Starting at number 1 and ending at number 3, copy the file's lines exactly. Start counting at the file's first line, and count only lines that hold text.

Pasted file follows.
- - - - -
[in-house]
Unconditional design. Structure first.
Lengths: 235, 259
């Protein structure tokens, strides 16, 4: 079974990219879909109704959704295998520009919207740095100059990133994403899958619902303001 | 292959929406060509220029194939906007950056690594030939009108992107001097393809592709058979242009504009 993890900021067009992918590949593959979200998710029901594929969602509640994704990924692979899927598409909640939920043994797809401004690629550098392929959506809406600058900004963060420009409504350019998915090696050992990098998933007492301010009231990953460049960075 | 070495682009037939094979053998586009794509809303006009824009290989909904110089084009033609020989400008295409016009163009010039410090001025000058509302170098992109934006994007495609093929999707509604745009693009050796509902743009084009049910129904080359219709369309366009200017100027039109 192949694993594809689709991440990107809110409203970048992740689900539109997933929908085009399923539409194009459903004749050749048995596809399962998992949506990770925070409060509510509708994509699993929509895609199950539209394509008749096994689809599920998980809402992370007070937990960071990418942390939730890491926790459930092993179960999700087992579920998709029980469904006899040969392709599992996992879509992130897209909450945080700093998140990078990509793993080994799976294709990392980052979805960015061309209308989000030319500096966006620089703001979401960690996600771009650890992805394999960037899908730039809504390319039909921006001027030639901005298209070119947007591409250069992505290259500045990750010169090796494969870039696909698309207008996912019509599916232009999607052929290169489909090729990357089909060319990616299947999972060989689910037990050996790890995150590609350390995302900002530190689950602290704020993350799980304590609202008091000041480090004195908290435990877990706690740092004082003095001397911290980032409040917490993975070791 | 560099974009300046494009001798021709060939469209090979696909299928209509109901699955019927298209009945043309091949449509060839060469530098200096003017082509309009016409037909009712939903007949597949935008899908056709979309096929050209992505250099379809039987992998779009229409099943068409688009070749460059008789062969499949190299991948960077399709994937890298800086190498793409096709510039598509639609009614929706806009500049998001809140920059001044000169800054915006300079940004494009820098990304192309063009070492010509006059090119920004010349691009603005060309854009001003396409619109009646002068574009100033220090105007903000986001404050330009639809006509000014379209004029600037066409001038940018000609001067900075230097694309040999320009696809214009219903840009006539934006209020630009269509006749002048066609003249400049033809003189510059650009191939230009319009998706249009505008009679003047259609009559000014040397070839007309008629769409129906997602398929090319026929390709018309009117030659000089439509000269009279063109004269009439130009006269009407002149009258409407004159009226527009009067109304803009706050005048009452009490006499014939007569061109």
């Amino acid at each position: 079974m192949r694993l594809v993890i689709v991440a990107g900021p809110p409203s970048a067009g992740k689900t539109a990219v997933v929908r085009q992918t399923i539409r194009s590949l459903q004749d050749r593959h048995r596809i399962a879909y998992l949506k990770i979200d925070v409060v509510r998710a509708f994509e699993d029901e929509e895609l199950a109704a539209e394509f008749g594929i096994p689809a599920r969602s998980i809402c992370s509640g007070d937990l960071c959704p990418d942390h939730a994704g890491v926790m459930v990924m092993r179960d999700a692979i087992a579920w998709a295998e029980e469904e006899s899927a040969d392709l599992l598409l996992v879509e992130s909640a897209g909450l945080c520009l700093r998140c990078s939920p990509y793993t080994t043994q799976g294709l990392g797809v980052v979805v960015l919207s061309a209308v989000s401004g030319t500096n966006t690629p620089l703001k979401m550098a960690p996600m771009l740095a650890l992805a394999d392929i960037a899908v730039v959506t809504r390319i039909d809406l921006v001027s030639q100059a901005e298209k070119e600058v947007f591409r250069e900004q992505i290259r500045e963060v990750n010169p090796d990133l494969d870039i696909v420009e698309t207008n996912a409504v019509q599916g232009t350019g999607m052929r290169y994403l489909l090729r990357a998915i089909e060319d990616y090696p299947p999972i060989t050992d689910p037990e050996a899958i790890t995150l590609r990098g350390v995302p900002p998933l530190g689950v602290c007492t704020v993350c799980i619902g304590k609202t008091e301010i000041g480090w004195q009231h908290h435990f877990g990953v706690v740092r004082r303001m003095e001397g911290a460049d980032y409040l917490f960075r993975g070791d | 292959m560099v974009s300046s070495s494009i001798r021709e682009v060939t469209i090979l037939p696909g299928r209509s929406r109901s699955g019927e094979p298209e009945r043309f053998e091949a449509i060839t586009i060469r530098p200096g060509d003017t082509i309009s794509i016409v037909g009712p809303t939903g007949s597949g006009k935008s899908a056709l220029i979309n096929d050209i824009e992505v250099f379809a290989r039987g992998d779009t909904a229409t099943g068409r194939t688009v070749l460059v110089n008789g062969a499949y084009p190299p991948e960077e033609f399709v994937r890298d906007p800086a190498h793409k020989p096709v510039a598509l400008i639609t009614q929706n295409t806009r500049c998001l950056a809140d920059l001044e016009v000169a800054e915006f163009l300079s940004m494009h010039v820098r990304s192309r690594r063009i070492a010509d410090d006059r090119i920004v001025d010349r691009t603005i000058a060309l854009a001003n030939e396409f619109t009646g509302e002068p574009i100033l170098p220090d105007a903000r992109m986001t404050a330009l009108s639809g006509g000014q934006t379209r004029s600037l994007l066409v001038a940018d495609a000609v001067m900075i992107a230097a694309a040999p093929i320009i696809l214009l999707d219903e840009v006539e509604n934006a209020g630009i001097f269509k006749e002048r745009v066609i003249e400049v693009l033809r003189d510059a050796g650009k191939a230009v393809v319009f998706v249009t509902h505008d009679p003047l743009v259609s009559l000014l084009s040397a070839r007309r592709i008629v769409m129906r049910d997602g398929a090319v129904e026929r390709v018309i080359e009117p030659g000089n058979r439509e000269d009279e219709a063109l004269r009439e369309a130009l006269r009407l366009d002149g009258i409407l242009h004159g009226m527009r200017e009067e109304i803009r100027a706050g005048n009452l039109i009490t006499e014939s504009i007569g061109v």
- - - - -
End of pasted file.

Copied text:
[in-house]
Unconditional design. Structure first.
Lengths: 235, 259